* Available via the “Maria Leavey Breakfast Series” in memory of Maria Leavey.
** And Harold Meyerson is a git for using one of the few soapboxes permitted to liberals and progressives to repeatedly insist otherwise.

5 Responses to “Pelosi’s Choice”

  1. tom Says:

    I wrote a letter to Klobuchar. I don’t know if she ran some numbers and figured out that she needed votes in Stillwater to win reelection in 2012. Or maybe she figures people will have forgotten about it by then. The gist of my letter was pretty simple though. In six months reverse the vote or I’m voting for the Independence party.

  2. Thomas Nephew Says:

    I’m honestly just catching up with the FISA business after an early warning by Nell — I’ve probably been too focused on local impeachment stuff.
    I’m going to write a similar letter to Senator Barbara Mikulski — a big disappointment on this now as well as on the Iraq supplemental vote a couple of months ago (has it been that long). Problem is, of course, that reversals are subject to veto — it’s much more of an uphill battle now that they’ve caved on this. [[UPDATE: well, not quite what I said — I see that the 6 month sunset provision survived, so I assume it starts from scratch 6 months from now — February, middle of the primaries. I’m afraid Dems won’t be any braver then.]]
    Fundamentally, this and impeachment both need to be presidential campaign issues; we could have used some leadership from more candidates about both issues before now.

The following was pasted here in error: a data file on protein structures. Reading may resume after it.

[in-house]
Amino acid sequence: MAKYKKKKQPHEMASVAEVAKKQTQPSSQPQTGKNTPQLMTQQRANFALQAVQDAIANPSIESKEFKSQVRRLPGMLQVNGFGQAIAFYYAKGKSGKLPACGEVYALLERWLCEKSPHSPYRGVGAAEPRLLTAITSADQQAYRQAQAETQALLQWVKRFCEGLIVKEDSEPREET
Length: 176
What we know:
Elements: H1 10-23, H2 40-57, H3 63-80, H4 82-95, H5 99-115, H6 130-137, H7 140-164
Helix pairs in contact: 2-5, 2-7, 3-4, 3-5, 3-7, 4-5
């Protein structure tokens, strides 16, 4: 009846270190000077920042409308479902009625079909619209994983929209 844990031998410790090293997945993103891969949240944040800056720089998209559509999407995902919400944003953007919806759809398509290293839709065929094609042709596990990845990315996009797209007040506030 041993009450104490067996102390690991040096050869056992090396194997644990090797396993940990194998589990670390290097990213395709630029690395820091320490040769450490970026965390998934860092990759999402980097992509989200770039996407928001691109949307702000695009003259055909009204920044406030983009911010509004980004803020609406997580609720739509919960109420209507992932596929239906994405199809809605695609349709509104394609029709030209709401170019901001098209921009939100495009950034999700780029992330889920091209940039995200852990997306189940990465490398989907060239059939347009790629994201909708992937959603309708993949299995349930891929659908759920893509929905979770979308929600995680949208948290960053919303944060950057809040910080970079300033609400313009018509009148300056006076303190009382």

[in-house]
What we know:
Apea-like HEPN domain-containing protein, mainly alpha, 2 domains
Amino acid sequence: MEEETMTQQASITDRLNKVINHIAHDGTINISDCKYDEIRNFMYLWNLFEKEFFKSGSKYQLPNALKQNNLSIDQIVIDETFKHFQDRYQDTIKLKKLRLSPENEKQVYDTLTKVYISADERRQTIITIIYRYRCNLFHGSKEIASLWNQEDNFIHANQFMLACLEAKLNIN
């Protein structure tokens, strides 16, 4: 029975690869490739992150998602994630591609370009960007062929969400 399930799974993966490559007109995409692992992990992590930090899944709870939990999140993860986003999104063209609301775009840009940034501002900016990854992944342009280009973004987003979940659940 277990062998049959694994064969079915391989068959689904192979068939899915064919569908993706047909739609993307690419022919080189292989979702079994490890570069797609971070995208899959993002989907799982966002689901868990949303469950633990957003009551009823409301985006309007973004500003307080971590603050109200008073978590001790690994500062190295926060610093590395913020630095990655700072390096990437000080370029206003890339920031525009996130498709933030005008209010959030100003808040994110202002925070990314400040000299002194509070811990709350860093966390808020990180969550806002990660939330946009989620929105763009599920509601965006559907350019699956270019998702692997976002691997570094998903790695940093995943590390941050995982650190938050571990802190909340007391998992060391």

3. Thomas Nephew Says:

    Maybe “fundamentally” is a bad choice of words there. I’m so deeply disappointed with Democrats now — impeachment, now this — that I’m re-evaluating a lot of assumptions. In some ways the 6 month sunset is the cruelest cut of all — it asks me to suspend my disbelief for half a year and *then* see whether my lifelong party has any point left to it. At this point in my life, I’m not sure I can wait that long any more.

  4. » Blog Archive » A delicious yummy mess of pottage Says:

    […] back.  And that was because we were looking forward to that “progressive place” Pelosi prattled on about once — serious liberal Democrats like Harold Meyerson and Chris Van Hollen and Eric Alterman […]

  5. » Blog Archive » Next stupid wingnut trick: phony 12 year olds Says:

    […] administration. Harold Meyerson was pleased, though, so it must have been all right. Via “Pelosi’s Choice,” this blog. UPDATE, EDIT, 10/9: parenthetical rewritten (“within several […]